I was raised in the heartland. Central Illinois. Where it was both the heat and the humidity. When my daughter visited my old stomping grounds with me for the first time a few years back, we climbed out of our air-conditioned car at a gas station a few miles below Peoria and she gave me a look across the top of the car that can best be described as horrified.
"You lived here?" she asked.
"We didn't know any better," I told her.
I didn't know any better about a lot of things back then. For years I followed an economic ethic that did not serve me well, for which I, in the best tradition of all of us, blamed my parents.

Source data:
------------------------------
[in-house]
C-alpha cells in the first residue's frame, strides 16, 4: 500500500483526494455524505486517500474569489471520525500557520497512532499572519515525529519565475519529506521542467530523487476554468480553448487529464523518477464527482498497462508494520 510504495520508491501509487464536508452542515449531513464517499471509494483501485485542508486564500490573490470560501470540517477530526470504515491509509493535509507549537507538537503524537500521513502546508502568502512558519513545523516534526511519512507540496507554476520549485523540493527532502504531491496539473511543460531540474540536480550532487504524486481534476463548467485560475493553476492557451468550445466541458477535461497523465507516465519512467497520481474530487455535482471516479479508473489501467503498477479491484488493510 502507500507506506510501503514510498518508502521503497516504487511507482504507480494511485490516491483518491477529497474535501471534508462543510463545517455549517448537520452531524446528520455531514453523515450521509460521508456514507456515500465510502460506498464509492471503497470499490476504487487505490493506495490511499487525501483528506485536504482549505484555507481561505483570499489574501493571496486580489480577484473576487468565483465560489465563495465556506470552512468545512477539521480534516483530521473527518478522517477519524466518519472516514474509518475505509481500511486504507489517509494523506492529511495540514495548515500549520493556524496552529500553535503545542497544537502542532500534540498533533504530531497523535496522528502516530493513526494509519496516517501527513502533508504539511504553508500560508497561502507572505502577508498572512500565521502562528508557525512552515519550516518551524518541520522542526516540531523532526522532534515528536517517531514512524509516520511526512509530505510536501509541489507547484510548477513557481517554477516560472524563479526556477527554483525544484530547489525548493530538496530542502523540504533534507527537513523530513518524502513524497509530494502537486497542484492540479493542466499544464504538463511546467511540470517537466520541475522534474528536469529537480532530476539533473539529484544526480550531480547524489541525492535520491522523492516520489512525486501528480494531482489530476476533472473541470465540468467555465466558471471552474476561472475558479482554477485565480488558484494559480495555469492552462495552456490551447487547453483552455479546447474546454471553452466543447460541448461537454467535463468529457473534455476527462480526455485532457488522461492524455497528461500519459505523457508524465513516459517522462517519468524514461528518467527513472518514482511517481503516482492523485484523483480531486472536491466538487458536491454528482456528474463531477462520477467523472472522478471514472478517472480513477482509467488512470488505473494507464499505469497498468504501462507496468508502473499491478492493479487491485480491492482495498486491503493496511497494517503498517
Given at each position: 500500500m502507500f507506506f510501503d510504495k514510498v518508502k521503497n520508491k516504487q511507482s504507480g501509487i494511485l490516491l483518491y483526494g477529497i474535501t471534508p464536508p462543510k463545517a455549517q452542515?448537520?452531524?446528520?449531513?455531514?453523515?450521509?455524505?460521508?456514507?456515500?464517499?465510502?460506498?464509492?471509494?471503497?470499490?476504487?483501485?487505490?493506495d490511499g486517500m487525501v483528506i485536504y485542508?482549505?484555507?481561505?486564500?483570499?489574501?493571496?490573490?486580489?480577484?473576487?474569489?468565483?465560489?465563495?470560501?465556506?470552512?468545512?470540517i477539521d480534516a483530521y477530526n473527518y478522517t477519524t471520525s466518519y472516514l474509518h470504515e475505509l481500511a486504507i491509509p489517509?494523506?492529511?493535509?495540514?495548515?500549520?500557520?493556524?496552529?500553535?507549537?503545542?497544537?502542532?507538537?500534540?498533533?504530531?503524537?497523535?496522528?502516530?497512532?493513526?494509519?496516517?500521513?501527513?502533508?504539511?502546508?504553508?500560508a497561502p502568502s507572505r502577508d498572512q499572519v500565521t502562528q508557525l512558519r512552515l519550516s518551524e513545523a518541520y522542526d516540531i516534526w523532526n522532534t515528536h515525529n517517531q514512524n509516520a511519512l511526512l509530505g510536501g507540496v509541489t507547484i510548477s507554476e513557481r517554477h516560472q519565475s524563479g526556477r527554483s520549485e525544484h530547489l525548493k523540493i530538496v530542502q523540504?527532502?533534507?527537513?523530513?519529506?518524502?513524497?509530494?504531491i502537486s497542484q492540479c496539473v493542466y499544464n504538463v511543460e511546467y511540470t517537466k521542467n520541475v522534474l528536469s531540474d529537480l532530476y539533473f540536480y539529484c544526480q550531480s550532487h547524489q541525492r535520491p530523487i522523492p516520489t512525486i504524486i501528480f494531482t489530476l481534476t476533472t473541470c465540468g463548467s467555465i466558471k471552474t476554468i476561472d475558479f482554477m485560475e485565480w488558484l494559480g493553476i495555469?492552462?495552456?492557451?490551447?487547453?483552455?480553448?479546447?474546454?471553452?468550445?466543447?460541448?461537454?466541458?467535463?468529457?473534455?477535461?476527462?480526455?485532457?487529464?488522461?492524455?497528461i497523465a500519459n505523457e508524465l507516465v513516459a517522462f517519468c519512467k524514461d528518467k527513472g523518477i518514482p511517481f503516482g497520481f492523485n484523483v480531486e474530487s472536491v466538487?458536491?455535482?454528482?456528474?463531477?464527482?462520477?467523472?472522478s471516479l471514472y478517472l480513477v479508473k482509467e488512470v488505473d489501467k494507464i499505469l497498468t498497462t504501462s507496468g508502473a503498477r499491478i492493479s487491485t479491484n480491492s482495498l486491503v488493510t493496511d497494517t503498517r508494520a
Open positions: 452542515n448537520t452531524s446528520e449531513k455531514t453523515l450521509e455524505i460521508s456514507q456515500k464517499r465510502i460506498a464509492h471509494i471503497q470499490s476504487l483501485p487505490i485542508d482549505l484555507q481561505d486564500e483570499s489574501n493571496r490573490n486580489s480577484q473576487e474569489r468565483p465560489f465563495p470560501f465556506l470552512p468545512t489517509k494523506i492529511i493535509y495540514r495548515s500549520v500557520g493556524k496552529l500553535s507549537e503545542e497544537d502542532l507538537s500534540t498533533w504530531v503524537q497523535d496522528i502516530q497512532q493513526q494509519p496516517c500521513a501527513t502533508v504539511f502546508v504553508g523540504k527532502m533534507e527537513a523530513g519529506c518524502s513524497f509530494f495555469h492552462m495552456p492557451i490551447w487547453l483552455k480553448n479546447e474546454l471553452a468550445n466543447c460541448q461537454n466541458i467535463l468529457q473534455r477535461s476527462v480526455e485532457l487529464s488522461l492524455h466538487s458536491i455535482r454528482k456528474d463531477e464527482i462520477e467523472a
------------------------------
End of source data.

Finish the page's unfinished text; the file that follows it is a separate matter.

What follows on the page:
My mother, I tell people, was a Christian. She taught me to be altruistic and never keep that for myself that could be better used elsewhere.
My father, I go on, was a businessman, and he taught me to be independent and never take anything from anybody.
It took me far too long to figure out that this was not a viable economic plan. I had to teach myself to accept help. I had to teach myself to say no. I learned that if I was meticulous about returning favors and making good use of those I received that I could ask for help when I needed it. I learned that saying no to some requests made it possible for me to say yes to others.
I taught myself a new economics. I'm not rich, but I have friends.
Today I listened to Obama's speech from Kansas, and I heard echoes of everything my parents taught me transformed into an economics that makes even more sense than the little adjustments I have made. All of us, in some way, from the heartland. I only hope my old homeland takes it to heart.